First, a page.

Agropelter

Variations: Anthrocephalus craniofractens (Cox), Brachiipotentes craniofractans (Tryon), Argopelter (erroneously), Widow-maker

Agropelters are violent and aggressive critters found in lumberwoods from Maine to Oregon. Injury and death blamed on freak falling branches are always the work of an agropelter, who hates lumberjacks for their invasion of its territory.

Our only description of an agropelter comes from Big Ole Kittleson, who survived an agropelter attack long enough to see the creature escape. An agropelter has the villainous face of an ape on a sinewy little body, with incredibly powerful arms like organic whips.

Agropelters use the prodigious strength of their arms to break off and fling branches. They always pelt with pinpoint accuracy, smashing or impaling their victims. Big Ole Kittleson was fortunate enough to be pelted with a rotten branch that crumbled upon impact.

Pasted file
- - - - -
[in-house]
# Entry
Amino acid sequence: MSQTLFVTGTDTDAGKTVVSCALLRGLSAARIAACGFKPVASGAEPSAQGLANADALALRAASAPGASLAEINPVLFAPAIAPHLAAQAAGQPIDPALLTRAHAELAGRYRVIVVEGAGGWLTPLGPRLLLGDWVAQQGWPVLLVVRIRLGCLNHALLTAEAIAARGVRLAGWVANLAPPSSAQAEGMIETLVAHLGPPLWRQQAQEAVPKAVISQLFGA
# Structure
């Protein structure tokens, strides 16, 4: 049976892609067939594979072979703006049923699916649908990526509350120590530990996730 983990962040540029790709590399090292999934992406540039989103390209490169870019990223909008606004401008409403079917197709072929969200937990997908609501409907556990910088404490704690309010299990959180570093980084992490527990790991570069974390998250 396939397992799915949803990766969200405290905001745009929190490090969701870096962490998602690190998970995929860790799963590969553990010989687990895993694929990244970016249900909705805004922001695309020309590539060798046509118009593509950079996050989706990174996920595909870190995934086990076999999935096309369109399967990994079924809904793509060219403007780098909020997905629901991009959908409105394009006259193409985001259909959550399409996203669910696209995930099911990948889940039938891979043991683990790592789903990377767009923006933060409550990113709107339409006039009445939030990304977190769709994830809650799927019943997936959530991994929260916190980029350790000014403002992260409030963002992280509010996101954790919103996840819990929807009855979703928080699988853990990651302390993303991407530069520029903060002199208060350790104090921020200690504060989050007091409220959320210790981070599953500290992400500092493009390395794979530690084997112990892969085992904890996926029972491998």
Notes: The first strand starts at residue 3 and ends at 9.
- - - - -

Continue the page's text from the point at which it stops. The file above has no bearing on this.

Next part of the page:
Apart from their murderous activities, agropelters are highly agile climbers and brachiators, and make their home in trees by eating and hollowing out the center of a dead tree. Pups are born on February 29 and always in odd numbers. Agropelters subsist on a diet of owls and woodpeckers. As these birds are sadly being exterminated, the agropelters are getting scarce.

References

Brown, C. E. (1935) Paul Bunyan Natural History. Madison, Wisconsin.

Cox, W. T. (1910) Fearsome Creatures of the Lumberwoods with a Few Desert and Mountain Beasts. Judd and Detweiler, Washington D. C.

Tryon, H. H. (1939) Fearsome Critters. The Idlewild Press, Cornwall, NY.

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